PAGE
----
President visits US next week

By Le Tian (China Daily)
Updated: 2006-04-12 09:35
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President Hu Jintao will visit the United States next week to strengthen bilateral ties amid frictions over trade and the renminbi's exchange rate, the Foreign Ministry said yesterday.

Hu's four-day US trip, starting from April 18, will take him to Seattle and Washington D.C., ministry spokesman Liu Jianchao said at a regular news briefing in Beijing.

"He is expected to meet his US counterpart George W. Bush and other senior officials for in-depth discussions on bilateral relations and other international or regional issues of common concern," the spokesman said.

He added that the president is also expected to deliver a speech at Yale University in Connecticut.

Following the US trip, Hu will  travel to Saudi Arabia, Morocco, Nigeria and Kenya for official visits which will last until April 29, Liu said.

Hu's first visit to the White House since taking office comes amid mounting pressure from the US side to take action on China's surging trade surplus as well as revaluation of its currency.

"China and the United States do have differences on trade and some other issues," Liu said. "We are going to move ahead while expanding mutual trust and improving relations during this visit."

Last week, a trade mission led by Vice-Premier Wu Yi signed contracts worth US$4.4 billion for made-in-America software, autos and soybeans  a move widely regarded as a way to ease tensions in bilateral trade.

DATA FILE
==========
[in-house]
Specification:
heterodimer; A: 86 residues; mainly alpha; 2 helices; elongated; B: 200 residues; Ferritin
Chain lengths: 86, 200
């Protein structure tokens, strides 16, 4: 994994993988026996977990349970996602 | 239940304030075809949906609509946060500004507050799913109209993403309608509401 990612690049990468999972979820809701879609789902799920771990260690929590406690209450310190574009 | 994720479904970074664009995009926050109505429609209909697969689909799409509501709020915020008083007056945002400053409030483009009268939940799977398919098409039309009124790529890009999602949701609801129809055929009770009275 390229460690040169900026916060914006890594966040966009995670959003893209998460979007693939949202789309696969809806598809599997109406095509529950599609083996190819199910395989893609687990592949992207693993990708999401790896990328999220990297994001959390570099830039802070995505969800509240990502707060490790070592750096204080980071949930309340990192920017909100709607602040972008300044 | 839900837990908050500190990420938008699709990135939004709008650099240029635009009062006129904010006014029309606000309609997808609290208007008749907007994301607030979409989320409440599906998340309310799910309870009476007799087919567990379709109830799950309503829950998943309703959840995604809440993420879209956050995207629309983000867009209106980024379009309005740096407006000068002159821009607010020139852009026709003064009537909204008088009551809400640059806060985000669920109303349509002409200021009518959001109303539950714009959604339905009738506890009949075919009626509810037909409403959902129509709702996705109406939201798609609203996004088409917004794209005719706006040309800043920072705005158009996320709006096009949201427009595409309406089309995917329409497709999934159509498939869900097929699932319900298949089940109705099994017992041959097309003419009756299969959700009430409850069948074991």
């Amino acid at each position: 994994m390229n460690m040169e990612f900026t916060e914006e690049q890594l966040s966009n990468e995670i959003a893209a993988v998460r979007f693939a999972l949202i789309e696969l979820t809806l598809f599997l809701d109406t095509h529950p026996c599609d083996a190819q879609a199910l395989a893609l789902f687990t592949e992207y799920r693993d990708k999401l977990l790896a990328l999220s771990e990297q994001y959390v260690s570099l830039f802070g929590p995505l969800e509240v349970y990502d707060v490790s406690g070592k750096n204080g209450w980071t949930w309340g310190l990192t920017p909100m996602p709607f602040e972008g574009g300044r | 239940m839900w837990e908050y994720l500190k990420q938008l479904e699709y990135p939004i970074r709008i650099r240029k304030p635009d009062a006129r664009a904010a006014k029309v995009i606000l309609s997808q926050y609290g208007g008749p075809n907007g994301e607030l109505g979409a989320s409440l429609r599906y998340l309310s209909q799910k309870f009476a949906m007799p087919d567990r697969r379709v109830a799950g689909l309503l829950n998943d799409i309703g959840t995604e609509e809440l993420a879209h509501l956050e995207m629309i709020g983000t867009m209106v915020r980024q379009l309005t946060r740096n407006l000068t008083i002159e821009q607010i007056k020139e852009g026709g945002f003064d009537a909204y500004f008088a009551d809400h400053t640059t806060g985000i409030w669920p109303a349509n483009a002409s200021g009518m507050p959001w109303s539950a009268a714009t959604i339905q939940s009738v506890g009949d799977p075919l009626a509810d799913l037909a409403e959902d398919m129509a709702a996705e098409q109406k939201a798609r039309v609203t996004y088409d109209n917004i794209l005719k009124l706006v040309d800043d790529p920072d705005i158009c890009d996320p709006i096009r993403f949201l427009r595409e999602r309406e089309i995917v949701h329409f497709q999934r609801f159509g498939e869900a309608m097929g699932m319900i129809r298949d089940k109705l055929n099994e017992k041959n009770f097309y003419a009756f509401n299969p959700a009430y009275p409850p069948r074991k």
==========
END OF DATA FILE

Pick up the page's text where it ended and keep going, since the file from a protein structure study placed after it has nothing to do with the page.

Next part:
Hu had planned a visit to the United States last September but had to postpone it after Hurricane Katrina battered the Gulf coast.

Referring to the controversial issue of human rights, Liu said differences between China and other countries including the United States should be resolved "on the basis of equality and mutual respect; and through dialogue."

Analysts said Hu's milestone visit would help promote the steady growth of Sino-US relations as direct dialogue between the two leaders is conducive to increasing mutual understanding and removing differences.

Ding Yuanhong, a retired diplomat who formerly served as China's ambassador to the United Nations, said the trade imbalance and the  renminbi exchange rate have created difficulties in Sino-US relations.

"The summit meeting will help increase understanding of these problems so that they can be resolved gradually," Ding said.
" I believe China will also urge the United States to clarify its stance on the Taiwan question," Ding said.

He said Beijing should make Washington understand that Taiwan leader Chen Shui-bian is a  trouble-maker and his pro-"independence" activities must be checked to maintain cross-Straits stability.